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Amputee – Improves balance and balance confidence

Improves balance and balance confidence

Evidence summary

Balance is known to deteriorate following an amputation [1], and fear of falling is a common barrier to physical activity in amputees [2,3]. One study demonstrated a clinically meaningful improvements in balance and balance confidence following a 6-week supervised exercise programme that incorporated balance exercises, as well as exercises to address flexibility, gait, core strength and lower limb strength [4]. Hip abductor strengthening programmes have been shown to improve balance confidence in those with transfemoral amputations [5]. Poor balance may result in falls, and exercise programmes incorporating balance activities have been shown to reduce the risk of falls in in the short-term [6] and reduce the incidence of falls in the longer-term [7].

Quality of evidence


Strength of recommendation



While there is a paucity of high-quality evidence, lower limb amputees should be encouraged to incorporate balance exercises into their activity routine to improve their balance and balance confidence and reduce their risk of falls. Exercise programmes incorporating exercises to improve balance which are available to amputees during their rehabilitation should be utilised.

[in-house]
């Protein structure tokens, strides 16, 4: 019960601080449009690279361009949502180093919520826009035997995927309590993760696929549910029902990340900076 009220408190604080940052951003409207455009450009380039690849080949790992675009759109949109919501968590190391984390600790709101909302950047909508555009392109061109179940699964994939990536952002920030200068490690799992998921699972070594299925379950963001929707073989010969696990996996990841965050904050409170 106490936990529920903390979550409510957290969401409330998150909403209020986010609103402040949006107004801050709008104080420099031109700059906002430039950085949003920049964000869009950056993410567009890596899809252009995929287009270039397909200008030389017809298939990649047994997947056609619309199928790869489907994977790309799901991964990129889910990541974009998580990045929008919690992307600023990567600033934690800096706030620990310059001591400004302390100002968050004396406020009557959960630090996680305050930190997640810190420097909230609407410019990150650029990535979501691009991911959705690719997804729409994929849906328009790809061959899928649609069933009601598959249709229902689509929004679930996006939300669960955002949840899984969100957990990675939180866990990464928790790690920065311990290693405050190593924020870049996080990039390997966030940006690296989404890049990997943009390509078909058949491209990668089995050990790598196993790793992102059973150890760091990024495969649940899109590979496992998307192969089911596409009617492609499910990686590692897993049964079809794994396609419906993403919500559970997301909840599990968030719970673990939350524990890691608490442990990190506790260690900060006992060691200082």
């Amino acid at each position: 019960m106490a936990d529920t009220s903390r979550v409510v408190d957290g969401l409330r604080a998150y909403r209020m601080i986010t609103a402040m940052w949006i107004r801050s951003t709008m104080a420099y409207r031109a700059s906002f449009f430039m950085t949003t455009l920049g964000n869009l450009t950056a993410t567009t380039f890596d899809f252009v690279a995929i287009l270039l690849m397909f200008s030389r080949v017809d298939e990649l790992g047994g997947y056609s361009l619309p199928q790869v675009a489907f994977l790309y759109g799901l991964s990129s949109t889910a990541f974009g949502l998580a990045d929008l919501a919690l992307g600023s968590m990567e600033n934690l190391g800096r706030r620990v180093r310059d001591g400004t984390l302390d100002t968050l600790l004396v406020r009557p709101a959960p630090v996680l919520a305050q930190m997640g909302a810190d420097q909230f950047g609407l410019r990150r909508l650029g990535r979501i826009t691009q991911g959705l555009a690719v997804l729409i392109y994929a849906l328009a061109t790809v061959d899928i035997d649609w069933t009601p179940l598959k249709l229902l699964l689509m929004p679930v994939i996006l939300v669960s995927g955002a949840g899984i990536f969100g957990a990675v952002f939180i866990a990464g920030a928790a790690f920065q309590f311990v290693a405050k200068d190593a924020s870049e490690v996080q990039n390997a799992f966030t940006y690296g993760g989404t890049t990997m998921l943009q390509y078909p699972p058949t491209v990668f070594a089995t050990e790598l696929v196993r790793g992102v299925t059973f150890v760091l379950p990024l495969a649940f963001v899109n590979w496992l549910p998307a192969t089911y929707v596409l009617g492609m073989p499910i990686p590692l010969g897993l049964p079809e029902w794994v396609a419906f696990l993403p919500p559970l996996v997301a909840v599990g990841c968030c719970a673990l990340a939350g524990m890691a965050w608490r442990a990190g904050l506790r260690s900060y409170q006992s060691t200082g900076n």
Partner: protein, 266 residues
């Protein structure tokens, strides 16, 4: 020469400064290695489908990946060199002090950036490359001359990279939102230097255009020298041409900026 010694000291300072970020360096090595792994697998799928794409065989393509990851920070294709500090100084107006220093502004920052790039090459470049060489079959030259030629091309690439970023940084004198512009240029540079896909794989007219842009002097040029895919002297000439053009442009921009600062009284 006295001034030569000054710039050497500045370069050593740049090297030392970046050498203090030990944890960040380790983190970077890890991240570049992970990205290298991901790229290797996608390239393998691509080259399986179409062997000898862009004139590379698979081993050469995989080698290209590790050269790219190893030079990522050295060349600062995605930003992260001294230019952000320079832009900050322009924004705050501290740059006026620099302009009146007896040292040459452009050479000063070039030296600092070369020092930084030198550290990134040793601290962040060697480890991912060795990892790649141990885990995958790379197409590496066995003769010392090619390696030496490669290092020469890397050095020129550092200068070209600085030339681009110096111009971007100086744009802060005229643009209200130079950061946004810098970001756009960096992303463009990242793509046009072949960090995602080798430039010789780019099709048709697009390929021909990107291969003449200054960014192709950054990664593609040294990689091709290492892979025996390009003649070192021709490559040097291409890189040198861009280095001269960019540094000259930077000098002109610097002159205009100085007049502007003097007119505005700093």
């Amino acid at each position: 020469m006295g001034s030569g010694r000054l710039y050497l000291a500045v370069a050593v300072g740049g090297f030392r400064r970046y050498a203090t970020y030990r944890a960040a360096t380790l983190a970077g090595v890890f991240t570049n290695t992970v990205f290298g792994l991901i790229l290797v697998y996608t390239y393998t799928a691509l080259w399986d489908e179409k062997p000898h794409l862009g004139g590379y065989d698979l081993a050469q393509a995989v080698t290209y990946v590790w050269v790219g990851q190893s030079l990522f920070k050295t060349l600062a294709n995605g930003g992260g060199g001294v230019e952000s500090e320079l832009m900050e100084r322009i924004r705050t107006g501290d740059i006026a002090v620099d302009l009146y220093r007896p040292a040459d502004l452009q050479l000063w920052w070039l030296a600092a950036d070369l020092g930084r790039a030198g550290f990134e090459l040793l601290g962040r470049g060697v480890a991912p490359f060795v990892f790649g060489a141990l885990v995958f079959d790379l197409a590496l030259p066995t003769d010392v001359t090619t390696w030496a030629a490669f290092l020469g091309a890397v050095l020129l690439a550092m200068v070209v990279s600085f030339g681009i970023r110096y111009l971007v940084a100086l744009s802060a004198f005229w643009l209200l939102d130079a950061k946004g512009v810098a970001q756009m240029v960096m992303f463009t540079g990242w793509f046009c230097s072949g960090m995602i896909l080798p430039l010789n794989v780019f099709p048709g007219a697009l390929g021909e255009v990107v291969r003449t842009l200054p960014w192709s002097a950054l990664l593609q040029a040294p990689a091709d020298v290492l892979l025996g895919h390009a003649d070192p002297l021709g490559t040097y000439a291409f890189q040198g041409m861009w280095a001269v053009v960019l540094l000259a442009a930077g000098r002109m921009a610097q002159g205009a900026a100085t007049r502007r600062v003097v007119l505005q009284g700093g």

Lower limb amputations are performed for a number of clinical indications. Although most evidence around physical activity relates to prosthetic users and for dysvascular amputees, the benefits of physical activity are not exclusive to these groups and should be shared with all lower limb amputees. Lower limb amputees wishing to increase their physical activity levels should be encouraged to do so.


  1. van Velzen JM, van Bennekom CAM, Polomski W, et al. Physical capacity and walking ability after lower limb amputation: a systematic review. Clinical Rehabilitation 2006;20(11):999-1016. doi: 10.1177/0269215506070700
  2. Littman AJ, Boyko EJ, Thompson ML, et al. Physical activity barriers and enablers in older Veterans with lower-limb amputation. Journal of Rehabilitation Research and Development 2014;51(6):895-906. doi: 10.1682/jrrd.2013.06.0152
  3. Littman AJ, Bouldin ED, Haselkorn JK. This is your new normal: A qualitative study of barriers and facilitators to physical activity in Veterans with lower extremity loss. Disability and Health Journal 2017;10(4):600-06. doi: 10.1016/j.dhjo.2017.03.004
  4. Miller CA, Williams JE, Durham KL, et al. The effect of a supervised community-based exercise program on balance, balance confidence, and gait in individuals with lower limb amputation. Prosthetics and Orthotics International 2017;41(5):446-54. doi: 10.1177/0309364616683818
  5. Pauley T, Devlin M, Madan-Sharma P. A Single-Blind, Cross-Over Trial of Hip Abductor Strength Training to Improve Timed Up & Go Performance in Patients With Unilateral, Transfemoral Amputation. Journal of Rehabilitation Medicine 2014;46(3):264-70. doi: 10.2340/16501977-1270
  6. Godlwana LL, Stewart A, Musenge E. Mobility during the intermediate stage of rehabilitation after lower limb amputation from an under resourced community: a randomized controlled trial. Physiotherapy 2015;101:e458. doi: 10.1016/
  7. Schafer ZA, Perry JL, Vanicek N. A personalised exercise programme for individuals with lower limb amputation reduces falls and improves gait biomechanics: A block randomised controlled trial. Gait & Posture 2018;63:282-89. doi: 10.1016/j.gaitpost.2018.04.030